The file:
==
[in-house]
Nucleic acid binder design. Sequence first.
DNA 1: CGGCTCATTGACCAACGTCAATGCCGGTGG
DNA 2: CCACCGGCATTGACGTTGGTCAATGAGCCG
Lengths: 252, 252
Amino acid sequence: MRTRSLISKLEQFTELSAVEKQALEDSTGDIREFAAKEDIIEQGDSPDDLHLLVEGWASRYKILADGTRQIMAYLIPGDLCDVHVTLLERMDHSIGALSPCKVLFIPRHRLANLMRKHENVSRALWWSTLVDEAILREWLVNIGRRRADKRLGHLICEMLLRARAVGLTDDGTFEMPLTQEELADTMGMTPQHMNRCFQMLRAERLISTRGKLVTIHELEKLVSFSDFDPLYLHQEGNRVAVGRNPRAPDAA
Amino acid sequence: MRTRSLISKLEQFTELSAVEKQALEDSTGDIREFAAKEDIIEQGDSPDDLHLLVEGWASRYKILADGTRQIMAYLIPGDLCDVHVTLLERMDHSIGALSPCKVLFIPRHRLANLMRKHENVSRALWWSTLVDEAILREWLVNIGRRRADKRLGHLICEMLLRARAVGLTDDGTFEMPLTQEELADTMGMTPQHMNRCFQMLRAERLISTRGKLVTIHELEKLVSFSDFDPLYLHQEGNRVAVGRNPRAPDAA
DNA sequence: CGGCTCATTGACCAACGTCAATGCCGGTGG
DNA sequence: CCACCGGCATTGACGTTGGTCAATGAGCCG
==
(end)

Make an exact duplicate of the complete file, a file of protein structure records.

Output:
[in-house]
Nucleic acid binder design. Sequence first.
DNA 1: CGGCTCATTGACCAACGTCAATGCCGGTGG
DNA 2: CCACCGGCATTGACGTTGGTCAATGAGCCG
Lengths: 252, 252
Amino acid sequence: MRTRSLISKLEQFTELSAVEKQALEDSTGDIREFAAKEDIIEQGDSPDDLHLLVEGWASRYKILADGTRQIMAYLIPGDLCDVHVTLLERMDHSIGALSPCKVLFIPRHRLANLMRKHENVSRALWWSTLVDEAILREWLVNIGRRRADKRLGHLICEMLLRARAVGLTDDGTFEMPLTQEELADTMGMTPQHMNRCFQMLRAERLISTRGKLVTIHELEKLVSFSDFDPLYLHQEGNRVAVGRNPRAPDAA
Amino acid sequence: MRTRSLISKLEQFTELSAVEKQALEDSTGDIREFAAKEDIIEQGDSPDDLHLLVEGWASRYKILADGTRQIMAYLIPGDLCDVHVTLLERMDHSIGALSPCKVLFIPRHRLANLMRKHENVSRALWWSTLVDEAILREWLVNIGRRRADKRLGHLICEMLLRARAVGLTDDGTFEMPLTQEELADTMGMTPQHMNRCFQMLRAERLISTRGKLVTIHELEKLVSFSDFDPLYLHQEGNRVAVGRNPRAPDAA
DNA sequence: CGGCTCATTGACCAACGTCAATGCCGGTGG
DNA sequence: CCACCGGCATTGACGTTGGTCAATGAGCCG